Comedian Owen Benjamin hit this right on the head. Hilarious, and oh, so true:
I had an experience last week that completely confirmed Mr. Benjamin’s theory of women.
The scene: A Women’s Business Conference
Overheard by my assistant (direct-ish quote): Oh, I don’t like that Kim Flynn lady. I shared a stage with her a few months ago, and she sold a bunch of retreats. Everyone bought her stuff so by the time I spoke they had already purchased. They didn’t buy anything from me. The only reason people bought from her anyway is because of her bonuses she was giving away.
All of these years I have been blaming myself. I have stewed over this, read books about this, journaled about this: I figured I have been in the wrong–that my bold personality is going around hurting people’s feelings unintentionally, and although I didn’t mean to, I hurt people. Constantly.
That overheard conversation was such a GIFT to me! I have absolutely no other way I could have possibly hurt this woman–she simply didn’t like me because I was successful, and specifically, more successful than her.
So what am I feeling? First, RELIEF. Relief to know that the experiences of women turning on me in the past have been about their stuff and not about me. And secondly, and more importantly, SADNESS. How are we supposed to progress as a gender while we are holding each other back?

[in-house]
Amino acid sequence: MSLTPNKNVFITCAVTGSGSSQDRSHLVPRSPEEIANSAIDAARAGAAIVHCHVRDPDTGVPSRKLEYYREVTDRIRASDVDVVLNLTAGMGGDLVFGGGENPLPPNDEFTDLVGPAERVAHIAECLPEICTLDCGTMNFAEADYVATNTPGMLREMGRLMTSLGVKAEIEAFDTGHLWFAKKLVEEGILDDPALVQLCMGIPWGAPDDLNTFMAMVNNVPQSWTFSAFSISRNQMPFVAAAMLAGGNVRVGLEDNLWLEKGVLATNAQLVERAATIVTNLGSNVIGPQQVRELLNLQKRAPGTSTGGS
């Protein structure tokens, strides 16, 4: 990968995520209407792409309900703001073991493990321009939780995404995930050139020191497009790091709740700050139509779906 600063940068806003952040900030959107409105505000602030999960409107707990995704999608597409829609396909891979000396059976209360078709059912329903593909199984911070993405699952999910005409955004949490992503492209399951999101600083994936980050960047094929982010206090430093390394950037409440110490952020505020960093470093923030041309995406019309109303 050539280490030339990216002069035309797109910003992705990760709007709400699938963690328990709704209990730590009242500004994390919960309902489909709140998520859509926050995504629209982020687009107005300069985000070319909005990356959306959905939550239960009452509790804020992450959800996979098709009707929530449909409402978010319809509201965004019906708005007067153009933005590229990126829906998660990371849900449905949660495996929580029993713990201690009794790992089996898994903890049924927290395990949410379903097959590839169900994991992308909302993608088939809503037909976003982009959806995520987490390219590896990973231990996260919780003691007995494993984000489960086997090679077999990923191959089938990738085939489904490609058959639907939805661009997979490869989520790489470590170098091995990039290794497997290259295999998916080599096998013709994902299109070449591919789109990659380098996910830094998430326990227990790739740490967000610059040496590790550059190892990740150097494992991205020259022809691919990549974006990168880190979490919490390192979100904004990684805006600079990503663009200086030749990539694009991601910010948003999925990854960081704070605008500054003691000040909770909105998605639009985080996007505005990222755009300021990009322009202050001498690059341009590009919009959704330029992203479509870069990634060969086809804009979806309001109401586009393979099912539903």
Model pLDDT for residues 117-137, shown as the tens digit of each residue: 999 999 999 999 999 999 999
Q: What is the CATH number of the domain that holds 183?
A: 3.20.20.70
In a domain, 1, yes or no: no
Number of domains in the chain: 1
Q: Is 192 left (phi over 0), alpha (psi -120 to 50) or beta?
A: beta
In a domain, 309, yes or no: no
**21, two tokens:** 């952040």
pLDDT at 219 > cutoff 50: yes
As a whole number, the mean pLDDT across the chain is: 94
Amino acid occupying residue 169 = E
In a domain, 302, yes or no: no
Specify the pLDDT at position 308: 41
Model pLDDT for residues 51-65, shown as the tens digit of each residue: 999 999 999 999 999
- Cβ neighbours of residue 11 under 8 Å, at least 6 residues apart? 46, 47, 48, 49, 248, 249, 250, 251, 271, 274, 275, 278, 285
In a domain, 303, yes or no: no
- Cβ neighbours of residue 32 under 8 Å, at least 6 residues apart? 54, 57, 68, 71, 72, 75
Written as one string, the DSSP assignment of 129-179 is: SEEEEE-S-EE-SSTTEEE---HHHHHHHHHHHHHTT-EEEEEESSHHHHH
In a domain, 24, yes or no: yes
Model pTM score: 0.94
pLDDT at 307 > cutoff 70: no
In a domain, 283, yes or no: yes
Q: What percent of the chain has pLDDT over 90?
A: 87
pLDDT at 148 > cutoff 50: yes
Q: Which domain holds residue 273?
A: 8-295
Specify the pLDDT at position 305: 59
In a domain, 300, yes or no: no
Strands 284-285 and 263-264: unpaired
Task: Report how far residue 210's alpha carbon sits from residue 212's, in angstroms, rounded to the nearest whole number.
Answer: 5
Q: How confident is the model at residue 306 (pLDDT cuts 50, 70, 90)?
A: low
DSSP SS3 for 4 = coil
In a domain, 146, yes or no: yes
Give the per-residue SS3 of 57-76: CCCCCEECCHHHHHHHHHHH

I don’t think this (or any social problem) exists in other people but not in myself. I can’t change my speaker friend, or anyone else. All I can do is watch for the trend in myself, and by my behavior and words, model women supporting other women! So here is what I am committed to in my own life:
#1 Recognize jealousy when I feel it. Do I get jealous? Sure, all of the time. When I am having hard feelings for someone, be honest enough with myself to say–this is my junk and has nothing to do with someone else’s success.
#2 Have a conversation with that person in my car, out loud. This actually works. I work through many-a-tough feelings in my car, simply by having conversations with them. The out loud part really helps. I tell them everything I am feeling, and imagine them telling their side of the story. Often I am able to see their side of the situation.
#3 Actively look for successful women to model. When I meet someone that is seeing awesome success, especially women, I will look for ways to align myself with their trajectory. Study them to see what they are doing. Align with them instead of competing with them.
While I don’t believe that it is only women holding women back (men, ya’ll are members of that big thing called society as well), I do think we can do better as women. So here is your challenge to face this fear, head on. I am doing this challenge today and would love to hear your thoughts on taking it on!
Reach out to a woman who you have previously been intimidated with, or a little bit jealous of, and tell them how impressed you are with their success. Who is with me?